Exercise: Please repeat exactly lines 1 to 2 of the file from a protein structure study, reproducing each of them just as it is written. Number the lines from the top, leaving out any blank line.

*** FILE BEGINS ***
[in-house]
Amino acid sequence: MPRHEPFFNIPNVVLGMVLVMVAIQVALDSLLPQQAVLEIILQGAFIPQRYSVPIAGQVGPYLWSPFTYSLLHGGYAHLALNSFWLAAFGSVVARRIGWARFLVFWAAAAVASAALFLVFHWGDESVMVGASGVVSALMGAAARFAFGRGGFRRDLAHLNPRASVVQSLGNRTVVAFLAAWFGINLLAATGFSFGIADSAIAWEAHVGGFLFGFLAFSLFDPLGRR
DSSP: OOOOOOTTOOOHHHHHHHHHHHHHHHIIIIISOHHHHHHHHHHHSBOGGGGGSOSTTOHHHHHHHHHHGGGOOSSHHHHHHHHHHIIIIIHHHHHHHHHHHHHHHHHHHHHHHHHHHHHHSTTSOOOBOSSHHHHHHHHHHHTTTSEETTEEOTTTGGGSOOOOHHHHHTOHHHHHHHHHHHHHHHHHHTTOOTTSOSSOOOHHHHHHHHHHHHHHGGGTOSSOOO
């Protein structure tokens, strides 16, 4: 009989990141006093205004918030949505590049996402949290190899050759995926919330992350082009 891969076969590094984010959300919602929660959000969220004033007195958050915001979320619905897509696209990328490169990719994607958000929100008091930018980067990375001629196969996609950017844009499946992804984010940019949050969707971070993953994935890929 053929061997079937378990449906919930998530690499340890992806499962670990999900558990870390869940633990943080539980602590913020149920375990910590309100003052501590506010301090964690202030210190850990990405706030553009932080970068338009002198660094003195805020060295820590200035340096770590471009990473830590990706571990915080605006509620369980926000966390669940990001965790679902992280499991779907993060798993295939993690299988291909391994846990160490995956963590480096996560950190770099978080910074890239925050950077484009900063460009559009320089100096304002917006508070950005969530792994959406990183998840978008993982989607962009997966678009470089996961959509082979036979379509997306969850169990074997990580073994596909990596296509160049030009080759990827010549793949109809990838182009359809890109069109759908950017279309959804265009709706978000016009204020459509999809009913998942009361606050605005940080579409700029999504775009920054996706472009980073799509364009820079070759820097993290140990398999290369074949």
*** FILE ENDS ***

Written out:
[in-house]
Amino acid sequence: MPRHEPFFNIPNVVLGMVLVMVAIQVALDSLLPQQAVLEIILQGAFIPQRYSVPIAGQVGPYLWSPFTYSLLHGGYAHLALNSFWLAAFGSVVARRIGWARFLVFWAAAAVASAALFLVFHWGDESVMVGASGVVSALMGAAARFAFGRGGFRRDLAHLNPRASVVQSLGNRTVVAFLAAWFGINLLAATGFSFGIADSAIAWEAHVGGFLFGFLAFSLFDPLGRR